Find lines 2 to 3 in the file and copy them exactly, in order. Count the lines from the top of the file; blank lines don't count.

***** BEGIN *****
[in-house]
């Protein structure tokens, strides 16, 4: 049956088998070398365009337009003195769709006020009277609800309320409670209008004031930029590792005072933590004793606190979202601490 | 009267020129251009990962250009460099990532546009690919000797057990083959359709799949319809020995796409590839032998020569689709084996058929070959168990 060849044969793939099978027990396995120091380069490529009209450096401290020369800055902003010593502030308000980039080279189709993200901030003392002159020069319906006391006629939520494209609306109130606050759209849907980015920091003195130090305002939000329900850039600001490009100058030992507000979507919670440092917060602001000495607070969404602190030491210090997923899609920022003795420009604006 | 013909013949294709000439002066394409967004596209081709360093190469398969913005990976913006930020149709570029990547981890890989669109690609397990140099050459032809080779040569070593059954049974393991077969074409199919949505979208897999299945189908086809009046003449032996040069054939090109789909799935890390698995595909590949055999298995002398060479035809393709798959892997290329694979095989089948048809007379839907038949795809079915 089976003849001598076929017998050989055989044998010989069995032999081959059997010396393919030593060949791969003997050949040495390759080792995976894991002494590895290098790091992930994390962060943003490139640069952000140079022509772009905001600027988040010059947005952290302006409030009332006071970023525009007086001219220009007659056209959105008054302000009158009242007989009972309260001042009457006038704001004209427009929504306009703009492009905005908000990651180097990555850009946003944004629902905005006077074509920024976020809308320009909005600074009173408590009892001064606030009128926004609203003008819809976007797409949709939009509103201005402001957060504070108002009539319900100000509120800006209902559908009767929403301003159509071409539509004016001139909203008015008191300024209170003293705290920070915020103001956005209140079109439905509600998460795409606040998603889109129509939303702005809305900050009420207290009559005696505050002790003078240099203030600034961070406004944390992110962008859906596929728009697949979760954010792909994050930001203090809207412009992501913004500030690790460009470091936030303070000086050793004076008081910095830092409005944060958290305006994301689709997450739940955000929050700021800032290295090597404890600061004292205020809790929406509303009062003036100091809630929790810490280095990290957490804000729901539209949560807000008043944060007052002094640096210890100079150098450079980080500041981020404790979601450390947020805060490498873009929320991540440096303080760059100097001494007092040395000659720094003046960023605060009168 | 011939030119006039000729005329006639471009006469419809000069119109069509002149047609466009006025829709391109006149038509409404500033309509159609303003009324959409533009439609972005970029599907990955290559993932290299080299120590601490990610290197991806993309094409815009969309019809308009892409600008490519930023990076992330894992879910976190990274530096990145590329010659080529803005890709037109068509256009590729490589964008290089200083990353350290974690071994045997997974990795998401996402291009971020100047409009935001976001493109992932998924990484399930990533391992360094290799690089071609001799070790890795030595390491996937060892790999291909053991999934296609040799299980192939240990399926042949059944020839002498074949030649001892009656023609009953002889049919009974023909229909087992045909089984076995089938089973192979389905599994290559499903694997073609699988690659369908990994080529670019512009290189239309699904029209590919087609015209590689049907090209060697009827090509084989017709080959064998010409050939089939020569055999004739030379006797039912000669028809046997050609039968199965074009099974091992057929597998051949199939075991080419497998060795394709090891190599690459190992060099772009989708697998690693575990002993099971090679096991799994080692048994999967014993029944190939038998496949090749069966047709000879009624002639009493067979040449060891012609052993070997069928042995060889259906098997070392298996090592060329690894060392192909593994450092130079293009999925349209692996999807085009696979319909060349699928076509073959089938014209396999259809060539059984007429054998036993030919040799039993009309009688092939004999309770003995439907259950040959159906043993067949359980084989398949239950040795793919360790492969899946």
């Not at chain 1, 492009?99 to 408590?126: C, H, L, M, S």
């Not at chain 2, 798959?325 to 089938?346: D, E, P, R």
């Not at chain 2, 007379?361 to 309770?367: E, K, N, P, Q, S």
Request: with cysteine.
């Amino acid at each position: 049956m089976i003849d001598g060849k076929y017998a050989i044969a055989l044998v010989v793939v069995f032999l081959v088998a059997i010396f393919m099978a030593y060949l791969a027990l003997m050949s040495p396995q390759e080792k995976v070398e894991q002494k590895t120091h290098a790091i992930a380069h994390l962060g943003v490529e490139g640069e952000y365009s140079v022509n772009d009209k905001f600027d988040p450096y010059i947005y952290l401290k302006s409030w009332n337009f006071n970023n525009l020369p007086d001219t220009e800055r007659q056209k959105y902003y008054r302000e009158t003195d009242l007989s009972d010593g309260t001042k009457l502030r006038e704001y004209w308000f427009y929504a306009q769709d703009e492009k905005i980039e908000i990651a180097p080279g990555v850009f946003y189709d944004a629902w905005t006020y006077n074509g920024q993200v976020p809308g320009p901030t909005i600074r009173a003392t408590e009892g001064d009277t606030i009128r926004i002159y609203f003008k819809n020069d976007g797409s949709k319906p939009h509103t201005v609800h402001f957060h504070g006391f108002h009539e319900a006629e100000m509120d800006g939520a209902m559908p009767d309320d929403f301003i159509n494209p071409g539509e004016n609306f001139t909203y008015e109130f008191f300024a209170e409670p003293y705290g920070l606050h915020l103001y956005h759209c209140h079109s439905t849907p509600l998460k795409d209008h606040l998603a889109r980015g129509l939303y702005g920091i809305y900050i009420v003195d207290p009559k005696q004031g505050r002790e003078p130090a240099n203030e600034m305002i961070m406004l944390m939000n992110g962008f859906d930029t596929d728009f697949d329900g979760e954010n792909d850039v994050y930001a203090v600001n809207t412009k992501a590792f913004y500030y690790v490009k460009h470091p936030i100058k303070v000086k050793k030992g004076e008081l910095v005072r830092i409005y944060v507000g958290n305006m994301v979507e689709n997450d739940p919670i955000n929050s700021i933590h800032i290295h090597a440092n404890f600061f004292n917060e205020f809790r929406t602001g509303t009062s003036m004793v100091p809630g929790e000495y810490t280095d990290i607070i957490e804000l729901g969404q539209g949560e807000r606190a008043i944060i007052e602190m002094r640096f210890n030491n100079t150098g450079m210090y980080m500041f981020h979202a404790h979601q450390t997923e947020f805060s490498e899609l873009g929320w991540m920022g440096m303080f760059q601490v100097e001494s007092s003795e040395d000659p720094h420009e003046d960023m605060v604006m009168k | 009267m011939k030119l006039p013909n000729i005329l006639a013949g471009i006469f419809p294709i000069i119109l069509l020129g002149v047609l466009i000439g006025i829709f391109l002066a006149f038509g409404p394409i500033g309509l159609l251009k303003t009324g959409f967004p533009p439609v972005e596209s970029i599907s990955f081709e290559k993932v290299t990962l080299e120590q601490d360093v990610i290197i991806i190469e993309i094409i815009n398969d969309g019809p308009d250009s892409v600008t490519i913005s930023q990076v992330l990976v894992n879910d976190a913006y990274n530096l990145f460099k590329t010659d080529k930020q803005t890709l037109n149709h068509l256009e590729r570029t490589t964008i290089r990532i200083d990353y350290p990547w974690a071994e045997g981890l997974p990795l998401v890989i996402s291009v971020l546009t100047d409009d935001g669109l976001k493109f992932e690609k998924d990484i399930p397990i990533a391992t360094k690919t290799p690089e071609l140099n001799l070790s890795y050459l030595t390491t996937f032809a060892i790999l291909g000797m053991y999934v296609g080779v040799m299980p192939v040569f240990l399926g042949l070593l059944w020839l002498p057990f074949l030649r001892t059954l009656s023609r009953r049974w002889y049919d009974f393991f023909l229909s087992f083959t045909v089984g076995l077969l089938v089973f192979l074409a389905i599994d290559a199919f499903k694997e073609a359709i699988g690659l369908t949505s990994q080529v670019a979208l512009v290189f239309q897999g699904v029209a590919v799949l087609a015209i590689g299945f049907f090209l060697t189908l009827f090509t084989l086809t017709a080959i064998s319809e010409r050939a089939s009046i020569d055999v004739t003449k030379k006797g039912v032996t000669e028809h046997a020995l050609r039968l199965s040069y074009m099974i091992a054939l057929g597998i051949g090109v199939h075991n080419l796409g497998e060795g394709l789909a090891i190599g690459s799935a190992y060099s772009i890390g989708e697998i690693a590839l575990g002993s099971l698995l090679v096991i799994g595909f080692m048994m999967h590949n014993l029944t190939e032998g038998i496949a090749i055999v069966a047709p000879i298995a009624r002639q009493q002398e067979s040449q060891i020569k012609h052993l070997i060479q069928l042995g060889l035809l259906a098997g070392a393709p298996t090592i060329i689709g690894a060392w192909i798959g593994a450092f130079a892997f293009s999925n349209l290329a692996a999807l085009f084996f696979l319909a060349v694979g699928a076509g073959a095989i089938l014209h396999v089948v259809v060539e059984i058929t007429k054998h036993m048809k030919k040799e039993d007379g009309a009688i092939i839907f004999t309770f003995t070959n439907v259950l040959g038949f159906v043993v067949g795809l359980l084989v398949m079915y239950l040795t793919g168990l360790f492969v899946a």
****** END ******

């Protein structure tokens, strides 16, 4: 049956088998070398365009337009003195769709006020009277609800309320409670209008004031930029590792005072933590004793606190979202601490 | 009267020129251009990962250009460099990532546009690919000797057990083959359709799949319809020995796409590839032998020569689709084996058929070959168990 060849044969793939099978027990396995120091380069490529009209450096401290020369800055902003010593502030308000980039080279189709993200901030003392002159020069319906006391006629939520494209609306109130606050759209849907980015920091003195130090305002939000329900850039600001490009100058030992507000979507919670440092917060602001000495607070969404602190030491210090997923899609920022003795420009604006 | 013909013949294709000439002066394409967004596209081709360093190469398969913005990976913006930020149709570029990547981890890989669109690609397990140099050459032809080779040569070593059954049974393991077969074409199919949505979208897999299945189908086809009046003449032996040069054939090109789909799935890390698995595909590949055999298995002398060479035809393709798959892997290329694979095989089948048809007379839907038949795809079915 089976003849001598076929017998050989055989044998010989069995032999081959059997010396393919030593060949791969003997050949040495390759080792995976894991002494590895290098790091992930994390962060943003490139640069952000140079022509772009905001600027988040010059947005952290302006409030009332006071970023525009007086001219220009007659056209959105008054302000009158009242007989009972309260001042009457006038704001004209427009929504306009703009492009905005908000990651180097990555850009946003944004629902905005006077074509920024976020809308320009909005600074009173408590009892001064606030009128926004609203003008819809976007797409949709939009509103201005402001957060504070108002009539319900100000509120800006209902559908009767929403301003159509071409539509004016001139909203008015008191300024209170003293705290920070915020103001956005209140079109439905509600998460795409606040998603889109129509939303702005809305900050009420207290009559005696505050002790003078240099203030600034961070406004944390992110962008859906596929728009697949979760954010792909994050930001203090809207412009992501913004500030690790460009470091936030303070000086050793004076008081910095830092409005944060958290305006994301689709997450739940955000929050700021800032290295090597404890600061004292205020809790929406509303009062003036100091809630929790810490280095990290957490804000729901539209949560807000008043944060007052002094640096210890100079150098450079980080500041981020404790979601450390947020805060490498873009929320991540440096303080760059100097001494007092040395000659720094003046960023605060009168 | 011939030119006039000729005329006639471009006469419809000069119109069509002149047609466009006025829709391109006149038509409404500033309509159609303003009324959409533009439609972005970029599907990955290559993932290299080299120590601490990610290197991806993309094409815009969309019809308009892409600008490519930023990076992330894992879910976190990274530096990145590329010659080529803005890709037109068509256009590729490589964008290089200083990353350290974690071994045997997974990795998401996402291009971020100047409009935001976001493109992932998924990484399930990533391992360094290799690089071609001799070790890795030595390491996937060892790999291909053991999934296609040799299980192939240990399926042949059944020839002498074949030649001892009656023609009953002889049919009974023909229909087992045909089984076995089938089973192979389905599994290559499903694997073609699988690659369908990994080529670019512009290189239309699904029209590919087609015209590689049907090209060697009827090509084989017709080959064998010409050939089939020569055999004739030379006797039912000669028809046997050609039968199965074009099974091992057929597998051949199939075991080419497998060795394709090891190599690459190992060099772009989708697998690693575990002993099971090679096991799994080692048994999967014993029944190939038998496949090749069966047709000879009624002639009493067979040449060891012609052993070997069928042995060889259906098997070392298996090592060329690894060392192909593994450092130079293009999925349209692996999807085009696979319909060349699928076509073959089938014209396999259809060539059984007429054998036993030919040799039993009309009688092939004999309770003995439907259950040959159906043993067949359980084989398949239950040795793919360790492969899946």
């Not at chain 1, 492009?99 to 408590?126: C, H, L, M, S």